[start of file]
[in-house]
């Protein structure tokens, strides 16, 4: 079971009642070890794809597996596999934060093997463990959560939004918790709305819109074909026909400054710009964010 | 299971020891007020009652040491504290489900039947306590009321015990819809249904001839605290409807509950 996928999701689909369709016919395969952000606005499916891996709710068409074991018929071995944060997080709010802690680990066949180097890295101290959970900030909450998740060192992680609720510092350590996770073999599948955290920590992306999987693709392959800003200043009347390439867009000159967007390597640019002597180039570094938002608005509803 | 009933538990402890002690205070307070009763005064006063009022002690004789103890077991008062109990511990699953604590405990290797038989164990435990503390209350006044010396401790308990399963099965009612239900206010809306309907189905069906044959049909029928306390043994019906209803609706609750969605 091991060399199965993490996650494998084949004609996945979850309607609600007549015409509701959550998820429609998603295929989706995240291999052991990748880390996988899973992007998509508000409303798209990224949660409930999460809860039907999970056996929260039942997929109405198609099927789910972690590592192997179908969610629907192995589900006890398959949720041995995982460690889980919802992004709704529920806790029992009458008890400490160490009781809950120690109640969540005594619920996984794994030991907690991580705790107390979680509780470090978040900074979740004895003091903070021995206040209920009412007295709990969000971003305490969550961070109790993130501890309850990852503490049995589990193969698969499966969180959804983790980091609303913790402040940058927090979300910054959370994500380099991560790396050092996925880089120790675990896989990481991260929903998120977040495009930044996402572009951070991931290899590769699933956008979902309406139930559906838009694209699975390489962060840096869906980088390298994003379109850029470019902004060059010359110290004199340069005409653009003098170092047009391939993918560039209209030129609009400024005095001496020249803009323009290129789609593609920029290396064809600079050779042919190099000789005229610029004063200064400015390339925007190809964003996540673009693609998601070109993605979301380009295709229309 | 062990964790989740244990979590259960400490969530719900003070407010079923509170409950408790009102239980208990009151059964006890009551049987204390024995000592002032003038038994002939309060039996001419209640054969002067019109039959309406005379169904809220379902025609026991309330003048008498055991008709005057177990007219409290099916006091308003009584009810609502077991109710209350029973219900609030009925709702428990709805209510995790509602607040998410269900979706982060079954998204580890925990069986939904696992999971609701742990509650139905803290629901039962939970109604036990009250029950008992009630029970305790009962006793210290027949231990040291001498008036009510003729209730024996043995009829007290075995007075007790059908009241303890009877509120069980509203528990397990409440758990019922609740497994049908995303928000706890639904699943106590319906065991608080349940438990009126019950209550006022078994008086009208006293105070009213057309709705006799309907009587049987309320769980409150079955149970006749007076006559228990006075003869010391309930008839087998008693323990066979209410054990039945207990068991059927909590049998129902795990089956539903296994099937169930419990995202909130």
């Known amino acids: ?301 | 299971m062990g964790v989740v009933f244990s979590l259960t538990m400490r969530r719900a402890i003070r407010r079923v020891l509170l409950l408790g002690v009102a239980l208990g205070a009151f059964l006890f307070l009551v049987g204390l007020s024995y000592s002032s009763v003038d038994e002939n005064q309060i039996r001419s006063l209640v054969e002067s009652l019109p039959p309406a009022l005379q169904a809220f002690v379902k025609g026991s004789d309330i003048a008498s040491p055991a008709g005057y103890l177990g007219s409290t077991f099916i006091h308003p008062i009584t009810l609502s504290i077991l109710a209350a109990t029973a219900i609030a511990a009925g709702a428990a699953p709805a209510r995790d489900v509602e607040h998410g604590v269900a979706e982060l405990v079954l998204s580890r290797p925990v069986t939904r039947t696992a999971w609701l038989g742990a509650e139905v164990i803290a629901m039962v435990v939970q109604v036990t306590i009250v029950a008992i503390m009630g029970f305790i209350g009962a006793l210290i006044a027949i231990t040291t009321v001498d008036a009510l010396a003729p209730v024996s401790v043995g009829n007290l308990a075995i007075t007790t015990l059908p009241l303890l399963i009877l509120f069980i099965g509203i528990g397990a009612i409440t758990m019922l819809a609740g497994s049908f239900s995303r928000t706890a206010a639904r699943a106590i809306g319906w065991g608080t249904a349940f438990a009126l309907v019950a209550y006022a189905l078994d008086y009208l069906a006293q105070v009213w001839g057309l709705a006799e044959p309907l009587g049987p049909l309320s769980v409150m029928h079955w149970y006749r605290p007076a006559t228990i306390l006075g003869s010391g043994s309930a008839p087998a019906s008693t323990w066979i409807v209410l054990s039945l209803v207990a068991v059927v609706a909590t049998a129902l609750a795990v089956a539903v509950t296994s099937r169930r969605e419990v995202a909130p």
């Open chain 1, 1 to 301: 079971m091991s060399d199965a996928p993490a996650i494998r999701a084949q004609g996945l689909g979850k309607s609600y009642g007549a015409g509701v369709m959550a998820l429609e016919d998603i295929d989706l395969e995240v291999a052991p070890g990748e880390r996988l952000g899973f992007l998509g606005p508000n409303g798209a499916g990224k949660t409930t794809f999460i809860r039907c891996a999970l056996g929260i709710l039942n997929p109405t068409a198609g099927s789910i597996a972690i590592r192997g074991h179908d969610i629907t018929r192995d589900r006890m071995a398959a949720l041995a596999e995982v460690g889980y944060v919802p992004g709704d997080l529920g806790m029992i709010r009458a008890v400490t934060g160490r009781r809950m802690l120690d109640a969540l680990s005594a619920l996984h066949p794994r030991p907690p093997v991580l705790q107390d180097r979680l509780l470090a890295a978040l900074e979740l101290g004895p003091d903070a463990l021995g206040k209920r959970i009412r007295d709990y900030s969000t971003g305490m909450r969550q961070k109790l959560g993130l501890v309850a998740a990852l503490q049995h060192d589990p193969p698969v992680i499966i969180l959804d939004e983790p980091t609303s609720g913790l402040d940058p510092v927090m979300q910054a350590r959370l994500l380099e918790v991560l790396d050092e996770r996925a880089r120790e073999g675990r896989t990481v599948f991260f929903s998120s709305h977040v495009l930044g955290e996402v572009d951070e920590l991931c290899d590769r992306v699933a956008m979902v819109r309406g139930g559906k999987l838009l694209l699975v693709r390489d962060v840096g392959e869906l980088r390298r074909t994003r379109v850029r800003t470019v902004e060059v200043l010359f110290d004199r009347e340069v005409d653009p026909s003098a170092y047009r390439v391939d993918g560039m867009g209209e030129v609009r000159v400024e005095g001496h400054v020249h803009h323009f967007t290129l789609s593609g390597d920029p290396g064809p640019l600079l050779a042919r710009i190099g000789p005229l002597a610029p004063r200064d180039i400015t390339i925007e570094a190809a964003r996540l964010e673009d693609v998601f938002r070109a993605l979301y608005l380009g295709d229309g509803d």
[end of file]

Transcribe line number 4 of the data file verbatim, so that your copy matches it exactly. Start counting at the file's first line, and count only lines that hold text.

């Open chain 1, 1 to 301: 079971m091991s060399d199965a996928p993490a996650i494998r999701a084949q004609g996945l689909g979850k309607s609600y009642g007549a015409g509701v369709m959550a998820l429609e016919d998603i295929d989706l395969e995240v291999a052991p070890g990748e880390r996988l952000g899973f992007l998509g606005p508000n409303g798209a499916g990224k949660t409930t794809f999460i809860r039907c891996a999970l056996g929260i709710l039942n997929p109405t068409a198609g099927s789910i597996a972690i590592r192997g074991h179908d969610i629907t018929r192995d589900r006890m071995a398959a949720l041995a596999e995982v460690g889980y944060v919802p992004g709704d997080l529920g806790m029992i709010r009458a008890v400490t934060g160490r009781r809950m802690l120690d109640a969540l680990s005594a619920l996984h066949p794994r030991p907690p093997v991580l705790q107390d180097r979680l509780l470090a890295a978040l900074e979740l101290g004895p003091d903070a463990l021995g206040k209920r959970i009412r007295d709990y900030s969000t971003g305490m909450r969550q961070k109790l959560g993130l501890v309850a998740a990852l503490q049995h060192d589990p193969p698969v992680i499966i969180l959804d939004e983790p980091t609303s609720g913790l402040d940058p510092v927090m979300q910054a350590r959370l994500l380099e918790v991560l790396d050092e996770r996925a880089r120790e073999g675990r896989t990481v599948f991260f929903s998120s709305h977040v495009l930044g955290e996402v572009d951070e920590l991931c290899d590769r992306v699933a956008m979902v819109r309406g139930g559906k999987l838009l694209l699975v693709r390489d962060v840096g392959e869906l980088r390298r074909t994003r379109v850029r800003t470019v902004e060059v200043l010359f110290d004199r009347e340069v005409d653009p026909s003098a170092y047009r390439v391939d993918g560039m867009g209209e030129v609009r000159v400024e005095g001496h400054v020249h803009h323009f967007t290129l789609s593609g390597d920029p290396g064809p640019l600079l050779a042919r710009i190099g000789p005229l002597a610029p004063r200064d180039i400015t390339i925007e570094a190809a964003r996540l964010e673009d693609v998601f938002r070109a993605l979301y608005l380009g295709d229309g509803d």